Sowing the seeds of learning, an improved way of learning, training and development for driving instructors.
When we trained to be a driving instructor, many of us learned via a process - by being conditioned.
Conditioning was often done via role play and many of us had unpleasant experiences with this. Some trainers implemented negative reinforcement, or even punishment, when a PDI offered an inappropriate instruction. Of course this was down to the way the trainer interpreted the instruction, and often had very little evidence to back up or justify their behaviour. For example, the PDI says 'depress the clutch' so the trainer starts talking into the footwell, telling the clutch what a horrible clutch it is! In some respects, this is ridiculous as the clutch is an inanimate object, and the trainer is making a joke, but at the same time it is belittling the PDI's attempts at instruction.
Clearly there is a point to be made, but it could be done differently. Asking the PDI: ‘how much do you want me to push the clutch down, could you show me to give me some idea?’ is a much more helpful answer and one that is unlikely to demoralise the PDI.
The problem with conditioning a person to respond in one way or another by punishment or reward, is that it is unlikely to produce a learner who can think on their feet, let alone an ADI who can help a learner think on their feet.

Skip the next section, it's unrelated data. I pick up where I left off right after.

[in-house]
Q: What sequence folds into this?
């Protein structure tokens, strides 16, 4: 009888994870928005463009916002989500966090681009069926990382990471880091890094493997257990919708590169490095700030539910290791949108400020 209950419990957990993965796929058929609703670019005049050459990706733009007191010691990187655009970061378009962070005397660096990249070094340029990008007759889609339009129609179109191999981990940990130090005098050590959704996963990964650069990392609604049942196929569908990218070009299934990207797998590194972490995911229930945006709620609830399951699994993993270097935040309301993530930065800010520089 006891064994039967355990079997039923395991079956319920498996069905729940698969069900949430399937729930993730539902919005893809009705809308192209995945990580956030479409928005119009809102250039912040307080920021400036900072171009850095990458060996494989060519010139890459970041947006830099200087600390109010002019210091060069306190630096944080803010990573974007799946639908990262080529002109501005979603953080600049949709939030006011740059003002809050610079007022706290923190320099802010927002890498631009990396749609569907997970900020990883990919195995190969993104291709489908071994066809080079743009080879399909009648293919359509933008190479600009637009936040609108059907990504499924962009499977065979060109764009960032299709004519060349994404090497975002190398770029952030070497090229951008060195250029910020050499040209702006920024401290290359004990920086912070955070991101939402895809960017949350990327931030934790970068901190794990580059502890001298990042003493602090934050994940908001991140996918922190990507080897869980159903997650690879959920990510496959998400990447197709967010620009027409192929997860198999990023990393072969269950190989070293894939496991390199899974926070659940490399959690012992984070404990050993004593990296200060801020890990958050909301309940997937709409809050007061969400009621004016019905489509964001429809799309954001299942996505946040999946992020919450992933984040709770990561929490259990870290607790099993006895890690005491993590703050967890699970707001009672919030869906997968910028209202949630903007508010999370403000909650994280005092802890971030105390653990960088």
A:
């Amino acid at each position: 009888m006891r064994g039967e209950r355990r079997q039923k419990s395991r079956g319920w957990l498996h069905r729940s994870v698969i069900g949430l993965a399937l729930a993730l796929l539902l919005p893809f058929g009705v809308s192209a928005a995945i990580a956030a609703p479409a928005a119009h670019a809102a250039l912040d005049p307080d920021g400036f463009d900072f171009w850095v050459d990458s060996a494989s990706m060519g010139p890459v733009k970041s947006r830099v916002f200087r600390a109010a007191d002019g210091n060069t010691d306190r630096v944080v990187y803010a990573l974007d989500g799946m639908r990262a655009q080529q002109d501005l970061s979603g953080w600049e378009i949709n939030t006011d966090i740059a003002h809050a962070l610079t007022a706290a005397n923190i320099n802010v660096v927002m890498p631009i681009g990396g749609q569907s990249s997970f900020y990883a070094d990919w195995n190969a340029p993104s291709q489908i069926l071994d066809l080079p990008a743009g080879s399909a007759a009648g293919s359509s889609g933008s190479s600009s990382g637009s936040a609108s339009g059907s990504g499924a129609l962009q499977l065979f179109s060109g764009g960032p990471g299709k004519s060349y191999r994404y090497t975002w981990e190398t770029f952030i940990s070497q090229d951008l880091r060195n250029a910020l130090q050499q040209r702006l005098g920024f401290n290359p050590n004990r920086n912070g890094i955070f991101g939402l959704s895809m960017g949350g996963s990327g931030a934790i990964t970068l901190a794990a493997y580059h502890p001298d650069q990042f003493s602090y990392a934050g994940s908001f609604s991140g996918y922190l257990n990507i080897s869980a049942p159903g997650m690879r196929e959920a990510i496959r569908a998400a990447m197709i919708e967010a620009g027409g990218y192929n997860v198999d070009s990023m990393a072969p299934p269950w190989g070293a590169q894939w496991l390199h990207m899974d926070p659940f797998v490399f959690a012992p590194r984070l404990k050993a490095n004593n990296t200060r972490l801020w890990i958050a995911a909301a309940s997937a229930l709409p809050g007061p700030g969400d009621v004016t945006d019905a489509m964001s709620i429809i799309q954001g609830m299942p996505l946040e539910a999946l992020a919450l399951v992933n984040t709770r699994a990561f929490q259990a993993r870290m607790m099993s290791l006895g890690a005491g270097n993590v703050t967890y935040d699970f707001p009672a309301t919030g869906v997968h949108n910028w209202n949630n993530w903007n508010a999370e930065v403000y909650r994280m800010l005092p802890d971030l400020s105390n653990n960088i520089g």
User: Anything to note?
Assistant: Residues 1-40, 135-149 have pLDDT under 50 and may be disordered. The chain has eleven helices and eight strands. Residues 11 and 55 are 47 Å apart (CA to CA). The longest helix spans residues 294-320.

This is the reason Tri-Coaching Instructor Training was developed (TCIT). The course has been designed to be totally client-centred and bring ADI training into the modern era of learning.
If you are thinking about becoming a trainer; or, you are a trainer, who is repeating the old-fashioned style of training, based on WHAT subjects and knowledge to deliver, and not on HOW to deliver effective teaching and learning strategies, this is the course for you.
Let’s look at the advantages and disadvantages of ‘instructional conversation’.
* It is a convenient method of delivering an explanation
* It can be adapted to the individual and matched to their needs
* It can be inspiring
* You need little preparation if you are an experienced trainer
* It is a quick and easy method of delivering information
* It is far more personal than written information.
* The client is not required to form an opinion or understanding
* There is no feedback on whether understanding has taken place
* Retention of the information is poor, so the information has to be repeated again and again
* The teacher dictates the pace of the information
* Information is often delivered too quickly to be retained
* It can be boring
* There is no client involvement
* Clients' concentration span is around 15-20 minutes when information is presented by talking and listening
* It assumes you have the client's consent
* Our short-term memory becomes overloaded
The problem we face, as driving instructors, is instructional conversation is probably the number one tool that we have in our communication strategies, therefore it has to be engaging.
Bearing this in mind how good are your current communication skills?
Would you like an opportunity to improve and develop those skills?
Our coaching courses will help you compare and contrast your training skills and will be invaluable in improving those subtle skills that accelerate your clients learning.
To find out more about our courses visit our website.